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progress

[n. prog-res, -ruh s or, esp. British, proh-gres; v. pruh-gres] /n. ˈprɒg rɛs, -rəs or, esp. British, ˈproʊ grɛs; v. prəˈgrɛs/
noun
1.
a movement toward a goal or to a further or higher stage:
the progress of a student toward a degree.
2.
developmental activity in science, technology, etc., especially with reference to the commercial opportunities created thereby or to the promotion of the material well-being of the public through the goods, techniques, or facilities created.
3.
advancement in general.
4.
growth or development; continuous improvement:
He shows progress in his muscular coordination.
5.
the development of an individual or society in a direction considered more beneficial than and superior to the previous level.
6.
Biology. increasing differentiation and perfection in the course of ontogeny or phylogeny.
7.
forward or onward movement:
the progress of the planets.
8.
the forward course of action, events, time, etc.
9.
an official journey or tour, as by a sovereign or dignitary.
verb (used without object), progress
10.
to go forward or onward in space or time:
The wagon train progressed through the valley. As the play progressed, the leading man grew more inaudible.
11.
to grow or develop, as in complexity, scope, or severity; advance:
Are you progressing in your piano studies? The disease progressed slowly.
Idioms
12.
in progress, going on; under way; being done; happening:
The meeting was already in progress.
Origin
late Middle English
1400-1450
1400-50; late Middle English progresse (noun) < Latin prōgressus a going forward, equivalent to prōgred-, stem of prōgredī to advance (prō- pro-1 + -gredī, combining form of gradī to step; see grade) + -tus suffix of v. action
Related forms
unprogressed, adjective
Synonyms
1. advance, progression. 4. increase; betterment. 11. proceed; develop, improve, grow, increase.
Antonyms
1. regression. 11. regress.
Dictionary.com Unabridged
Based on the Random House Dictionary, © Random House, Inc. 2014.
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Examples from the web for progressed
  • The simplicity reminds me of how little coal mining has progressed.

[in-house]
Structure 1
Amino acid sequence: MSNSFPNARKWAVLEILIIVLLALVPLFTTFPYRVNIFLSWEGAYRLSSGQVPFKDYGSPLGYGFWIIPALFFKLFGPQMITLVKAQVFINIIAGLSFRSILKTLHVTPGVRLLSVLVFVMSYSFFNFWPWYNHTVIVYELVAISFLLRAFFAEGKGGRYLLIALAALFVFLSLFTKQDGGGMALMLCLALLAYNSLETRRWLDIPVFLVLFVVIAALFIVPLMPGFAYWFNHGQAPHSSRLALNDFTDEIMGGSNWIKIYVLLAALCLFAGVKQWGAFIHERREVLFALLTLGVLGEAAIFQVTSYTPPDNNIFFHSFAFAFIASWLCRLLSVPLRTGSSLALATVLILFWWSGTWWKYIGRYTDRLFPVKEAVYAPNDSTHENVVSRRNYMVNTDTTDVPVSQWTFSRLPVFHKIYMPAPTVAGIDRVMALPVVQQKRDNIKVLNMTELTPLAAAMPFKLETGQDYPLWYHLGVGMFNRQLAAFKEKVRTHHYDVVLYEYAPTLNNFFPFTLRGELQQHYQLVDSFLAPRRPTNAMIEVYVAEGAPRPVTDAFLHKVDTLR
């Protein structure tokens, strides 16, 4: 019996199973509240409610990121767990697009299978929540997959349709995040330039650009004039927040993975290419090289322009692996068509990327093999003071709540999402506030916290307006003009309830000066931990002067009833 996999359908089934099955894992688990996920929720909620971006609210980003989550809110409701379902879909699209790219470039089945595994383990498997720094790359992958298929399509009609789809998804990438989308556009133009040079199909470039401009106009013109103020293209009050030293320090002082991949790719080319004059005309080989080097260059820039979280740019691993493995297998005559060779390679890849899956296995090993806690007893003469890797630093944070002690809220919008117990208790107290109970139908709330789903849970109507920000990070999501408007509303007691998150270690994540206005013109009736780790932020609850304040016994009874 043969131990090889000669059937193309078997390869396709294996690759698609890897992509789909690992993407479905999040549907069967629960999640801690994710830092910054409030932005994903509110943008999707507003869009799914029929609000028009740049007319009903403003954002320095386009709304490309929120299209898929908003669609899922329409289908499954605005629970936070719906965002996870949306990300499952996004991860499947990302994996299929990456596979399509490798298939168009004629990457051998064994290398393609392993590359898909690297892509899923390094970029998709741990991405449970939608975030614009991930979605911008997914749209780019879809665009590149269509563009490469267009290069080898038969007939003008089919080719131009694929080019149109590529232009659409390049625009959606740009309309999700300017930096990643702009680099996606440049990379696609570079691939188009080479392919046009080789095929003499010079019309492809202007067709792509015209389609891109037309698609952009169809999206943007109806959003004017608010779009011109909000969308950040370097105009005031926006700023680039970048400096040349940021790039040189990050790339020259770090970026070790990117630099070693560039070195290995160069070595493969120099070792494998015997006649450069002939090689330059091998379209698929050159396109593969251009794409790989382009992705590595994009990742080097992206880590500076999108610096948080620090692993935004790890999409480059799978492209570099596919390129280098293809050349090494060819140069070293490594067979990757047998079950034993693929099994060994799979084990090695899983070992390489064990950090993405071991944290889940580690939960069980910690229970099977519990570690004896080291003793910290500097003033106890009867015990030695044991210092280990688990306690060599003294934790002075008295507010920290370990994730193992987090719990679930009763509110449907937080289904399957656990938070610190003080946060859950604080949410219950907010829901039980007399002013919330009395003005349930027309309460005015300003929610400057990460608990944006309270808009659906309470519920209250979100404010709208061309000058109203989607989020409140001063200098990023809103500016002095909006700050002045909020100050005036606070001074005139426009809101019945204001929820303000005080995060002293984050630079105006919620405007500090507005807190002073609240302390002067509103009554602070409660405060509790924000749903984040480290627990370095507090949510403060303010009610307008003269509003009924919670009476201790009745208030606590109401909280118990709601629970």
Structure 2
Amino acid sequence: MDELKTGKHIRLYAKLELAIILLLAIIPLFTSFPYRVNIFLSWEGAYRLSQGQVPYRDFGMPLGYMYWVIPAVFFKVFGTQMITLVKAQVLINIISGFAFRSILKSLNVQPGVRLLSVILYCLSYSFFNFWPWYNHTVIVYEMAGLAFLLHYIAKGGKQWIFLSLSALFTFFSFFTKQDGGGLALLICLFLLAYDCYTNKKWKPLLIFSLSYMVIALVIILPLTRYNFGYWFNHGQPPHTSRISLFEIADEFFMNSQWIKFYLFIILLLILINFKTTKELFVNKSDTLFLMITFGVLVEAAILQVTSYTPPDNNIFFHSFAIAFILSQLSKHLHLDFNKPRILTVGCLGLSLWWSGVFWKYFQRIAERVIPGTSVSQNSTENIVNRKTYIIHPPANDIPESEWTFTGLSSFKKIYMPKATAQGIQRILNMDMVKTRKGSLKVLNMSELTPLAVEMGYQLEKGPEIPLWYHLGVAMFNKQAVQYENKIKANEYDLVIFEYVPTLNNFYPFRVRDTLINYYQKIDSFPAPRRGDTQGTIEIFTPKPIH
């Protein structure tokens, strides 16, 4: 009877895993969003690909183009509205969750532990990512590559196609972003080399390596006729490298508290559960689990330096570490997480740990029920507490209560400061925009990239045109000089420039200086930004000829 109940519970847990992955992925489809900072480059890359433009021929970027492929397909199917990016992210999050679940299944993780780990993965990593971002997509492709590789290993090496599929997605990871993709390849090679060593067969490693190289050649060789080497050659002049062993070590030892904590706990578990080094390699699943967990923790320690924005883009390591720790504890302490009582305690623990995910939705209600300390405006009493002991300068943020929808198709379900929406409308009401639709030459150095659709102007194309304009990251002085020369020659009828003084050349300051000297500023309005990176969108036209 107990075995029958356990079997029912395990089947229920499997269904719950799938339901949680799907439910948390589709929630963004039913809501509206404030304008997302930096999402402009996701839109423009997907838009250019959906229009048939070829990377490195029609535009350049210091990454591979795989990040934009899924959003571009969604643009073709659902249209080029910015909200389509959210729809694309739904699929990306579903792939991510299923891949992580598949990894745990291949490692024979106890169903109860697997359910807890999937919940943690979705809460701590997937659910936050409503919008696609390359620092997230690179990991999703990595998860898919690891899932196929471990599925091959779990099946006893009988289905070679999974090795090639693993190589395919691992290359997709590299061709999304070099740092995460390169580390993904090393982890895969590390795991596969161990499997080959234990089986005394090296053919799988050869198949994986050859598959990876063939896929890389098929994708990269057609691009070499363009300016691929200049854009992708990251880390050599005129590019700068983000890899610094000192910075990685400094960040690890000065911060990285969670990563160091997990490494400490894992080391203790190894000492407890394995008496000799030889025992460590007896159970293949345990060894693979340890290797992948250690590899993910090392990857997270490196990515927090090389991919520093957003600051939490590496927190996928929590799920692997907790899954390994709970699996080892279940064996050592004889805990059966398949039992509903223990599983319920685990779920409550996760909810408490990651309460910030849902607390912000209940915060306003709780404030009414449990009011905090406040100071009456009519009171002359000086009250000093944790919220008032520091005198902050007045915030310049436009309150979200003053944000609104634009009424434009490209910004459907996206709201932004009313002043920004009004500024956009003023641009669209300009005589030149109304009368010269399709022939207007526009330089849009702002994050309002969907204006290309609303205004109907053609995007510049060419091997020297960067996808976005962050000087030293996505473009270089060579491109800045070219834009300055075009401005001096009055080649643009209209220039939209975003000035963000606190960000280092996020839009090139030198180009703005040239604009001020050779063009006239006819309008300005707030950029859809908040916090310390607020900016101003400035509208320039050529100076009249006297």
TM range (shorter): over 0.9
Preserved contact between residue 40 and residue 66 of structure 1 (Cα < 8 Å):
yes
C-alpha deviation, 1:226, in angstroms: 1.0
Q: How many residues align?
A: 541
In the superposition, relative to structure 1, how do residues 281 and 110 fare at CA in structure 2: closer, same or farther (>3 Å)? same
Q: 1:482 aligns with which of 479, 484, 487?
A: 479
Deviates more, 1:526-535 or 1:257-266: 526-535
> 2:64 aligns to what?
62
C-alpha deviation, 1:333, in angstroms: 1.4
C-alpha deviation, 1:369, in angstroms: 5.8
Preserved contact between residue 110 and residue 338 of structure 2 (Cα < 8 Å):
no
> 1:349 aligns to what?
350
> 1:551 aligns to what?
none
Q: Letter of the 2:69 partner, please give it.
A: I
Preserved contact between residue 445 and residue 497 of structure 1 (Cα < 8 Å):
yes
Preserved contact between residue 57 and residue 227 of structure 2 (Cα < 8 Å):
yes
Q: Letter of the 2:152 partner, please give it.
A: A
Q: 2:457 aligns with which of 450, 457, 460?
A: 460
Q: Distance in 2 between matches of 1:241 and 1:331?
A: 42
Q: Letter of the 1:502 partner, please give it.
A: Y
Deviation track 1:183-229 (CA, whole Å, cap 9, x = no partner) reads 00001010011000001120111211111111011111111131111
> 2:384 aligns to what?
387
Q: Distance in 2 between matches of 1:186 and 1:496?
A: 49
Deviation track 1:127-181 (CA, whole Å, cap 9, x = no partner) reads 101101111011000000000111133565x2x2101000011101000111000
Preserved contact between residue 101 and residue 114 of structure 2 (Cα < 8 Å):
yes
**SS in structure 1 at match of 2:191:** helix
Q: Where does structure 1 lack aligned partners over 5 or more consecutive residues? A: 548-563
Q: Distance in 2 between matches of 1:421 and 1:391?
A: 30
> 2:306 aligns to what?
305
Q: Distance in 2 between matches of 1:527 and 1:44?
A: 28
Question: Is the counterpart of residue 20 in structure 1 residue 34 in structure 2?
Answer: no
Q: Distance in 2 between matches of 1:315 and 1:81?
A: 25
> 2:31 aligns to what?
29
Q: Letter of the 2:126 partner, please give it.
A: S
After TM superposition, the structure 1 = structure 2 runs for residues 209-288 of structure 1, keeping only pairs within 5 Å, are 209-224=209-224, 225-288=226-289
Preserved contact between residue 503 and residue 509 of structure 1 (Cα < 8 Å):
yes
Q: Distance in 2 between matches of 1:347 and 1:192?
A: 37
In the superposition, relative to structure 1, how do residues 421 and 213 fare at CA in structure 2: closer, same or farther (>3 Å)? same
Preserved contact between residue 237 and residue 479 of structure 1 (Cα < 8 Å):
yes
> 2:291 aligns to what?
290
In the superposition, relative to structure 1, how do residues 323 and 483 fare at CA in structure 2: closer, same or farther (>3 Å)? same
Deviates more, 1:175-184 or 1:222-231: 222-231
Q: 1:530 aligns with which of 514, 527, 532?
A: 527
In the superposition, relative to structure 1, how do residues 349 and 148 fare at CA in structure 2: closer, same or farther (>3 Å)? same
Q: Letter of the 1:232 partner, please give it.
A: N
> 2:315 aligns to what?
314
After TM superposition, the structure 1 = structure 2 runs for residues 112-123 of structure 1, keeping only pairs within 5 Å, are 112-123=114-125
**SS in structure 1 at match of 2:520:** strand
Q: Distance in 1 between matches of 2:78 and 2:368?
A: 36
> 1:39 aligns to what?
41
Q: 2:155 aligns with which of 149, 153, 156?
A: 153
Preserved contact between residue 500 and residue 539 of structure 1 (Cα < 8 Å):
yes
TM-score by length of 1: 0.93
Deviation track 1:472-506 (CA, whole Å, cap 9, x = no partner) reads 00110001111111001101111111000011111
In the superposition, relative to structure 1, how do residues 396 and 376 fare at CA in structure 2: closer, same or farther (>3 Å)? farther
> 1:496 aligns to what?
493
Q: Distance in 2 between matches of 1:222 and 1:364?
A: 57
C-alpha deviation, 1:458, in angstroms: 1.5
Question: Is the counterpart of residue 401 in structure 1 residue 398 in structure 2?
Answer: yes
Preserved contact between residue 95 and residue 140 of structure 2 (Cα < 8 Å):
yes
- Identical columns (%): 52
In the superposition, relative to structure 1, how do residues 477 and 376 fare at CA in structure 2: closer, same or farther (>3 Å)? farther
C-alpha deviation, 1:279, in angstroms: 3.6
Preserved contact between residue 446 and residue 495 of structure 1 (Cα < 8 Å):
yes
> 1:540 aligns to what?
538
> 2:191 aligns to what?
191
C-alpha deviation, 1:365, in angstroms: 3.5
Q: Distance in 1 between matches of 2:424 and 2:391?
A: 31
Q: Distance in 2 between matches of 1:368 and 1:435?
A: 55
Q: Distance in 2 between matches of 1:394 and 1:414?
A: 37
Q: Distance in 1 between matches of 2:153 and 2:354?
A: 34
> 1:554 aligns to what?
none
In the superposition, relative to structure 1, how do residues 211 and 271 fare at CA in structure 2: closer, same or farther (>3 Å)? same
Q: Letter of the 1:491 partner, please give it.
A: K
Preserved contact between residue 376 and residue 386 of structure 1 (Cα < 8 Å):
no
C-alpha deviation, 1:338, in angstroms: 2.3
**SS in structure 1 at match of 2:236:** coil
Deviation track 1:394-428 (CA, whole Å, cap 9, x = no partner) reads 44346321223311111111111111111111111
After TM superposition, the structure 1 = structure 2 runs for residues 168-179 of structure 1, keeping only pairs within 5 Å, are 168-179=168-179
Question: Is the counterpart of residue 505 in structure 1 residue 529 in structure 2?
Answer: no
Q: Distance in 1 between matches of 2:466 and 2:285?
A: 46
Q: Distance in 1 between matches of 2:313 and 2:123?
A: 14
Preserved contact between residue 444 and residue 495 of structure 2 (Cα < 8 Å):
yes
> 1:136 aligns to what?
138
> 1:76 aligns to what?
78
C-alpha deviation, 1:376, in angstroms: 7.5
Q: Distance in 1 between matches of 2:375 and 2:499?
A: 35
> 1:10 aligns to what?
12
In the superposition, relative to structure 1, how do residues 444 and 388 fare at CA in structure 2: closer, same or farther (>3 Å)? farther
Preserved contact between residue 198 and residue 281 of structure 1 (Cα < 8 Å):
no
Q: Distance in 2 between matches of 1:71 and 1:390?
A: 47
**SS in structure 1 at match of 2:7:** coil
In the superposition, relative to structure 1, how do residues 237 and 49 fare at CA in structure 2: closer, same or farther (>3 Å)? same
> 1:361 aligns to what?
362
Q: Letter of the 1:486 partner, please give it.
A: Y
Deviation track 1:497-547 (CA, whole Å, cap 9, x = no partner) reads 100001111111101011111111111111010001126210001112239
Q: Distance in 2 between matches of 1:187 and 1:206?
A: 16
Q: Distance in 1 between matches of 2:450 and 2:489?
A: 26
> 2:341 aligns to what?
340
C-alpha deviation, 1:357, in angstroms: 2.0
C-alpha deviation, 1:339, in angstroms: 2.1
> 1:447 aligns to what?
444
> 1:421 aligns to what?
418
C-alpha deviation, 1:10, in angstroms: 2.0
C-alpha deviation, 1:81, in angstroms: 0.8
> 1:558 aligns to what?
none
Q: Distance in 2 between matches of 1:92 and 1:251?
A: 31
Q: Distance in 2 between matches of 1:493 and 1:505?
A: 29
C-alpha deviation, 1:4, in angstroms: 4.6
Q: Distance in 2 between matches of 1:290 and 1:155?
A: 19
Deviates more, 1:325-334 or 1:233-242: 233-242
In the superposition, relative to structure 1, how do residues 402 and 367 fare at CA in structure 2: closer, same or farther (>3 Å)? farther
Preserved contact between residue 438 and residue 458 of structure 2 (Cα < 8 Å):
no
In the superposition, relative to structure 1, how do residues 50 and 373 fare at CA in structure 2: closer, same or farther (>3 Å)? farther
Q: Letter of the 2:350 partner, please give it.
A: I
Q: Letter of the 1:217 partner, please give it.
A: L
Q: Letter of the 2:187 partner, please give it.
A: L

• Meanwhile the sailors progressed rapidly with the task of unshipping the packages and caged animals.
  • As his great work progressed, a second series of censors took up their parable against it.
  • Quantum teleportation may have progressed from science fiction to reality.
  • Our research on these issues progressed steadily until, two years into the study, disaster struck.
  • The cooling of the ocean that needs to happen before sea ice forms has not yet progressed to the point to allow this to happen.
  • In the intervening years their science progressed, both here and abroad.
  • Something happened as the term progressed, though, as students bought into the concept.
  • They were registering what they imagined had been a troubling condition that humanity had fortunately progressed beyond.
  • But students say they were given an unusual amount of influence in how things progressed.
British Dictionary definitions for progressed

progress

noun (ˈprəʊɡrɛs)
1.
movement forwards, esp towards a place or objective
2.
satisfactory development, growth, or advance: she is making progress in maths
3.
advance towards completion, maturity, or perfection: the steady onward march of progress
4.
(modifier) of or relating to progress: a progress report
5.
(biology) increasing complexity, adaptation, etc, during the development of an individual or evolution of a group
6.
(Brit) a stately royal journey
7.
in progress, taking place; under way
verb (prəˈɡrɛs)
8.
(intransitive) to move forwards or onwards, as towards a place or objective
9.
to move towards or bring nearer to completion, maturity, or perfection
Word Origin
C15: from Latin prōgressus a going forwards, from prōgredī to advance, from pro-1 + gradī to step
Collins English Dictionary - Complete & Unabridged 2012 Digital Edition
© William Collins Sons & Co. Ltd. 1979, 1986 © HarperCollins
Publishers 1998, 2000, 2003, 2005, 2006, 2007, 2009, 2012
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Word Origin and History for progressed

progress

n.

late 14c., "a going on, action of walking forward," from Old French progres (Modern French progrès), from Latin progressus "a going forward," from past participle of progredi (see progression).

In early use in English especially "a state journey by royalty." Figurative sense of "growth, development, advancement to higher stages" is from c.1600. To be in progress "underway" is attested by 1849. Progress report attested by 1865.

v.

1590s in the literal sense; c.1600 in the figurative sense, from progress (n.). OED says the verb was obsolete in English 18c. but was reformed or retained in America and subsequently long regarded in Britain as an Americanism. Related: Progressed; progressing.

Online Etymology Dictionary, © 2010 Douglas Harper
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Idioms and Phrases with progressed

progress

The American Heritage® Idioms Dictionary
Copyright © 2002, 2001, 1995 by Houghton Mifflin Company. Published by Houghton Mifflin Company.
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14
16
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